CSR as a Strategic Management Tool: Expectations and Realities of Two MNCs in Nigeria

CSR as a Strategic Management Tool: Expectations and Realities of Two MNCs in Nigeria

Edwin M. Agwu (Manchester Business School, UK) and Agnes R. Taylor (Coventry University, UK)
DOI: 10.4018/978-1-4666-6433-3.ch044
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Corporate social responsibility (CSR) as a concept has been a subject of debate in the management cycle for decades. However, the incorporation of CSR, competitive advantage and strategic management into top management decision making processes, forms a set of new alliances that are beginning to gain attention. This paper examined the strategic alliances of these highly volatile but significantly critical components in order to determine the extent to which these three seemingly incongruous factors can be achieved in reality within a developing country such as Nigeria. Using a comparative case study approach, the activities of two multinationals - Shell Plc and Coca Cola – were examined. The critical success factors were explained based on the strategies adopted in order to determine the impact on the society and whether they were in line with stakeholders' expectations. Findings however indicate that there has been an interplay of high level forces which has resulted in the unsavoury news emanating from the oil producing communities in Nigeria, unfortunately, the activities of Coca cola in both the content and context of their operations have received little or no attention. This paper contributes to the scarce literature of this discourse within the African continent in general and Nigerian state in particular as well as sets a precedent for future research.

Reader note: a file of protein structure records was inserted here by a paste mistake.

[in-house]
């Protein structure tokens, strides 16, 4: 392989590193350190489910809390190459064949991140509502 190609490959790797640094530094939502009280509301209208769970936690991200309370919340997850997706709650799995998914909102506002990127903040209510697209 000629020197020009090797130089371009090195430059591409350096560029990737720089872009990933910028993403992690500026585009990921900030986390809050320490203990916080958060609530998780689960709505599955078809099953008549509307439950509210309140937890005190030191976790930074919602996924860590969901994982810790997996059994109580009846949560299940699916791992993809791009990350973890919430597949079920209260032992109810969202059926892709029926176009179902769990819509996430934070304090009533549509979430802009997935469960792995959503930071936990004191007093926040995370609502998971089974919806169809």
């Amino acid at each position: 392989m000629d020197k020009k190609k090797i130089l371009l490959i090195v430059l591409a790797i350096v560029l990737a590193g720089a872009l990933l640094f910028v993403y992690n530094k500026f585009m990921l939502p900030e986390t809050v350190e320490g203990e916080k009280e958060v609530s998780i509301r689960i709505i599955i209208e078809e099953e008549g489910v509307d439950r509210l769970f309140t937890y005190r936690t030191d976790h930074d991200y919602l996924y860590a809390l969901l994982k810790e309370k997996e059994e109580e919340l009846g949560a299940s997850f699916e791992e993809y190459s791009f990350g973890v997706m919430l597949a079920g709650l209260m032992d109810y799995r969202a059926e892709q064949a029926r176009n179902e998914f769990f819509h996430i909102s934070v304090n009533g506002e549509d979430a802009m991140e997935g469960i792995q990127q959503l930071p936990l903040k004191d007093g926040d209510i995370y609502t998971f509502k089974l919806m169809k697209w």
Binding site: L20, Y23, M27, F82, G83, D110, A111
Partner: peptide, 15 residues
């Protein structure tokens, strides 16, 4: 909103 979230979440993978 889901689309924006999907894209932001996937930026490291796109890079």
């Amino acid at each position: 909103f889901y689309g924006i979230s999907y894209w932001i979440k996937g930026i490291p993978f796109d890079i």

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The world of corporate social responsibility is one that could be described as entangled and interwoven, as well as one that is neck-deep in the murky waters of management all over the world. Multinational corporations (MNC), otherwise known as trans-national corporation (TNC) or multinational enterprise (MNE), are acronyms which are often used interchangeably to describe international organisations that produces good and/or services which are supplied to more than one country.

Fassin (2008 p.366) stated that MNCs are corporations that have their management headquarters in one country, known as the home country, and operates in several other countries, known as host countries. Castka and Balzarova (2008) stressed that the balance sheet of some MNCs far exceed that of some host countries while Levis (2006) contend that some large MNCs influence the political processes of their host nations due to the role they play within the economies.

Different types of MNCs operate within the African continent such as oil companies, airlines, beverages, pharmaceuticals, etc. Despite the cultural, economic and territorial differences, these MNCs’ have been able to manoeuvre their ways and entrench their operations within the various African countries in which they operate as well as other emerging markets such as China, India, Brazil, South Africa, etc.